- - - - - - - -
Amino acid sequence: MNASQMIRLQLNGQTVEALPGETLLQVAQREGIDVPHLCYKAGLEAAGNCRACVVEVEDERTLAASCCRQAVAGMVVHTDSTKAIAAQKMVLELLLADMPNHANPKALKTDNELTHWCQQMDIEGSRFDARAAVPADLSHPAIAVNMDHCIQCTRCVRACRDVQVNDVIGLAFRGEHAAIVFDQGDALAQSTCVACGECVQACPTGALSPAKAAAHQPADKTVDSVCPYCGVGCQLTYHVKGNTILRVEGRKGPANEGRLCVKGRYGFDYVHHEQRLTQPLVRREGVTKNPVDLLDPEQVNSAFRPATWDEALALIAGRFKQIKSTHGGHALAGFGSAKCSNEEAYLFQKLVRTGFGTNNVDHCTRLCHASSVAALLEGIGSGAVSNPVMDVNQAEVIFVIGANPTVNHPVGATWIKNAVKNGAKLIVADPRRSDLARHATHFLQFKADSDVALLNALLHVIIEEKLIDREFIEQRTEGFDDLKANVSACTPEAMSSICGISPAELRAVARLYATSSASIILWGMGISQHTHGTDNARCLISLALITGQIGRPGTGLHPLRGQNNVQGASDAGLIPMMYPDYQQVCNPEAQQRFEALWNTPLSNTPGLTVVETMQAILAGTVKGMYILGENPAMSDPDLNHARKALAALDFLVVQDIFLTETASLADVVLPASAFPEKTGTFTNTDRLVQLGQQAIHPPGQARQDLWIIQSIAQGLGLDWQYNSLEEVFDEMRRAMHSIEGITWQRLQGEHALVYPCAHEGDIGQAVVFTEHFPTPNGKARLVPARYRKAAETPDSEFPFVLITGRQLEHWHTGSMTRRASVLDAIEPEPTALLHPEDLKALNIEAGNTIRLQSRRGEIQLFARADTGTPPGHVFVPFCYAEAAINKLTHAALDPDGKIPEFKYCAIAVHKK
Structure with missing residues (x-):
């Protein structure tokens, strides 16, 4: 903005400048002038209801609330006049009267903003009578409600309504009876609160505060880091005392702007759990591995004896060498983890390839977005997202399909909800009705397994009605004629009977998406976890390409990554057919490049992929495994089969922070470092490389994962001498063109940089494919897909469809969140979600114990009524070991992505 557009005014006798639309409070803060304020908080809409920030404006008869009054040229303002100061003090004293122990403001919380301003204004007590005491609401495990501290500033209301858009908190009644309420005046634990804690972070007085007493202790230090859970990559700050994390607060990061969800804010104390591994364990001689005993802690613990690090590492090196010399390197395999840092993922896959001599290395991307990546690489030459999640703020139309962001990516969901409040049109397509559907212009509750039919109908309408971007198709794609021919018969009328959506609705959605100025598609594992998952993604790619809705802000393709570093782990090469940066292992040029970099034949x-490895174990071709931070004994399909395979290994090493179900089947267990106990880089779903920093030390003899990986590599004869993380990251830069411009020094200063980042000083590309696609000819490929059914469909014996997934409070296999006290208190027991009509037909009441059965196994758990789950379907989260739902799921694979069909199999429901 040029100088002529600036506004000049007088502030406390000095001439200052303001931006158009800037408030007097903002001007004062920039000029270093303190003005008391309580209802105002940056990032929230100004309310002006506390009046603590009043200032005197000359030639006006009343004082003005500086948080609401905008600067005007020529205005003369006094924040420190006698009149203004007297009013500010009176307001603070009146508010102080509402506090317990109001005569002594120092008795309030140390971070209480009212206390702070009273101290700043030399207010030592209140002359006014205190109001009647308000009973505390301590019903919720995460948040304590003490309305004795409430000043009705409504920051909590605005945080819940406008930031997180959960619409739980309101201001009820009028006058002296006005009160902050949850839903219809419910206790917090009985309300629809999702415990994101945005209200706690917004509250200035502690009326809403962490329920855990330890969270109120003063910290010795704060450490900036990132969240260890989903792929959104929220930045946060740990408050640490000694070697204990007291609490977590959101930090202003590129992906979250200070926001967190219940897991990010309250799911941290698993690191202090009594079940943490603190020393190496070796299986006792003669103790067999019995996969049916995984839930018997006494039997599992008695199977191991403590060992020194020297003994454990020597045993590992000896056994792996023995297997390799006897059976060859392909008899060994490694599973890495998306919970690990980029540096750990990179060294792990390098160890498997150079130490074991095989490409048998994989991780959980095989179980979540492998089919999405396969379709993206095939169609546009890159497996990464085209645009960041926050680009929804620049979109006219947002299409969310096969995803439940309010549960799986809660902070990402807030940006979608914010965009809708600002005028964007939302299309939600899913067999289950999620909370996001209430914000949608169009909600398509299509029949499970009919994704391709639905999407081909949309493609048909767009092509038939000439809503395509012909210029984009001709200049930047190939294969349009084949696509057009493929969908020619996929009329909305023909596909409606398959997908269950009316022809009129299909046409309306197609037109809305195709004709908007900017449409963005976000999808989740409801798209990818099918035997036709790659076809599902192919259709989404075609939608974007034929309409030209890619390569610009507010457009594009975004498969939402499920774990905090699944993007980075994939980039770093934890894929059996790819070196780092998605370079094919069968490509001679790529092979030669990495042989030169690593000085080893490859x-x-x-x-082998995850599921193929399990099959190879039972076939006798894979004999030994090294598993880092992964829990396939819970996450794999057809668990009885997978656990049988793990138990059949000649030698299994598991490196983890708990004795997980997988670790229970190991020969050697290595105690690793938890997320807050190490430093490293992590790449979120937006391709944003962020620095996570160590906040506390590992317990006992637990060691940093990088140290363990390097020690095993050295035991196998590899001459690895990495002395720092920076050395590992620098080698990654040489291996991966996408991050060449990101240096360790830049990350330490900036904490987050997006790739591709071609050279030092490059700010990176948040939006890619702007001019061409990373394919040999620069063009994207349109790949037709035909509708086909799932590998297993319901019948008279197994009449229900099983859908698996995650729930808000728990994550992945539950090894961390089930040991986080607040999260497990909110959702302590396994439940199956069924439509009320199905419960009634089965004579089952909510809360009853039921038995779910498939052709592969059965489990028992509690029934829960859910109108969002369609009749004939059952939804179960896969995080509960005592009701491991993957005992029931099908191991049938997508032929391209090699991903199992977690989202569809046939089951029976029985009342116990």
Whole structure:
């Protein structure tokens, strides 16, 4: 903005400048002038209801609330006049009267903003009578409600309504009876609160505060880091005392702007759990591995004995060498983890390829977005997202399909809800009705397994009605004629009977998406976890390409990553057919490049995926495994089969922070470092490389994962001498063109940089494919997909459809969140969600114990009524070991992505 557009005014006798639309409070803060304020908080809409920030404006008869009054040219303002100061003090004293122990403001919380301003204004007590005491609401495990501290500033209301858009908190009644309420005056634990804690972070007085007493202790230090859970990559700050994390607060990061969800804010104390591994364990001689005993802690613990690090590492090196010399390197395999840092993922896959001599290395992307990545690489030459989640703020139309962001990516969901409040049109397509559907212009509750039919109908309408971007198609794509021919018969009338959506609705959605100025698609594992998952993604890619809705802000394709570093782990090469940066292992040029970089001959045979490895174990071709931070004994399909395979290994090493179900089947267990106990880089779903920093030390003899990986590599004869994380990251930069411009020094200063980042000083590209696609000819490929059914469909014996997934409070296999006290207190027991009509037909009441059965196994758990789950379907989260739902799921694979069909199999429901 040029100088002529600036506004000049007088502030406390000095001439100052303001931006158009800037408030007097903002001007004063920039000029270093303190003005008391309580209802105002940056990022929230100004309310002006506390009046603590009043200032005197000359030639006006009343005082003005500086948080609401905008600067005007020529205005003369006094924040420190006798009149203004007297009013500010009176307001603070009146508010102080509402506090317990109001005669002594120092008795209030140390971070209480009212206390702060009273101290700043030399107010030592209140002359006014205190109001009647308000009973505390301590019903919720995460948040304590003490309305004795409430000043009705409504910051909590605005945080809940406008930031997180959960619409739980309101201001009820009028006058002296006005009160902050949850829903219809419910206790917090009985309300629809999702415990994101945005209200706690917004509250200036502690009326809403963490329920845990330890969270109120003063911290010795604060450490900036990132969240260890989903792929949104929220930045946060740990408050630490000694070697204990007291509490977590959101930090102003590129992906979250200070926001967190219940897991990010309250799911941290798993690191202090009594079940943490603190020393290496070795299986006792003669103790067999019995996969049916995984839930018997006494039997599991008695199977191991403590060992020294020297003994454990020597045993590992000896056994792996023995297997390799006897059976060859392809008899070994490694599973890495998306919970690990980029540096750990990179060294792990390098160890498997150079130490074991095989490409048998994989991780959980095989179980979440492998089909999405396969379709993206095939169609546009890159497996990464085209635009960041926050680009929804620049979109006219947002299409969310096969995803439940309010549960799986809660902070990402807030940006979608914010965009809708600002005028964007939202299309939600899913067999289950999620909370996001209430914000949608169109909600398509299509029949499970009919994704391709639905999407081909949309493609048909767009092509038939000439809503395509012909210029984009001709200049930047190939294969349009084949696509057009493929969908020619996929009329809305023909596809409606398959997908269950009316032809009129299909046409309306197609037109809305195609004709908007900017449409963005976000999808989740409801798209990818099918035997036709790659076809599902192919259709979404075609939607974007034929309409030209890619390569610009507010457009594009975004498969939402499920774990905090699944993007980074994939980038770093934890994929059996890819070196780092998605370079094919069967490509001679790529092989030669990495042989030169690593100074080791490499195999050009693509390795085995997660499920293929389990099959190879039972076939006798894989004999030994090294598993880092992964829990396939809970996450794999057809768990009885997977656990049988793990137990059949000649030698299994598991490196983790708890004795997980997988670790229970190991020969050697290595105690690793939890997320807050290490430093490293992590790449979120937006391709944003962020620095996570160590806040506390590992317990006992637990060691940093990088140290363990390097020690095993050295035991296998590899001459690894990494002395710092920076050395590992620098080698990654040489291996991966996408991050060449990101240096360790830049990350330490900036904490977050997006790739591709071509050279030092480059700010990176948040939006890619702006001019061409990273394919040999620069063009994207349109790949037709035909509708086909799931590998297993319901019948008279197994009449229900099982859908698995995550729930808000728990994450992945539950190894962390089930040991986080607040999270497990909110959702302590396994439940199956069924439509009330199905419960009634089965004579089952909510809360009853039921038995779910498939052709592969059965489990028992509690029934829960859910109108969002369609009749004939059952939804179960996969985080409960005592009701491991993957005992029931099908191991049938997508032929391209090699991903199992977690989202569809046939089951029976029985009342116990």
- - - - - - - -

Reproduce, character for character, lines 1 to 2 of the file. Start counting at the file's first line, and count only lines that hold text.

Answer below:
Amino acid sequence: MNASQMIRLQLNGQTVEALPGETLLQVAQREGIDVPHLCYKAGLEAAGNCRACVVEVEDERTLAASCCRQAVAGMVVHTDSTKAIAAQKMVLELLLADMPNHANPKALKTDNELTHWCQQMDIEGSRFDARAAVPADLSHPAIAVNMDHCIQCTRCVRACRDVQVNDVIGLAFRGEHAAIVFDQGDALAQSTCVACGECVQACPTGALSPAKAAAHQPADKTVDSVCPYCGVGCQLTYHVKGNTILRVEGRKGPANEGRLCVKGRYGFDYVHHEQRLTQPLVRREGVTKNPVDLLDPEQVNSAFRPATWDEALALIAGRFKQIKSTHGGHALAGFGSAKCSNEEAYLFQKLVRTGFGTNNVDHCTRLCHASSVAALLEGIGSGAVSNPVMDVNQAEVIFVIGANPTVNHPVGATWIKNAVKNGAKLIVADPRRSDLARHATHFLQFKADSDVALLNALLHVIIEEKLIDREFIEQRTEGFDDLKANVSACTPEAMSSICGISPAELRAVARLYATSSASIILWGMGISQHTHGTDNARCLISLALITGQIGRPGTGLHPLRGQNNVQGASDAGLIPMMYPDYQQVCNPEAQQRFEALWNTPLSNTPGLTVVETMQAILAGTVKGMYILGENPAMSDPDLNHARKALAALDFLVVQDIFLTETASLADVVLPASAFPEKTGTFTNTDRLVQLGQQAIHPPGQARQDLWIIQSIAQGLGLDWQYNSLEEVFDEMRRAMHSIEGITWQRLQGEHALVYPCAHEGDIGQAVVFTEHFPTPNGKARLVPARYRKAAETPDSEFPFVLITGRQLEHWHTGSMTRRASVLDAIEPEPTALLHPEDLKALNIEAGNTIRLQSRRGEIQLFARADTGTPPGHVFVPFCYAEAAINKLTHAALDPDGKIPEFKYCAIAVHKK
Structure with missing residues (x-):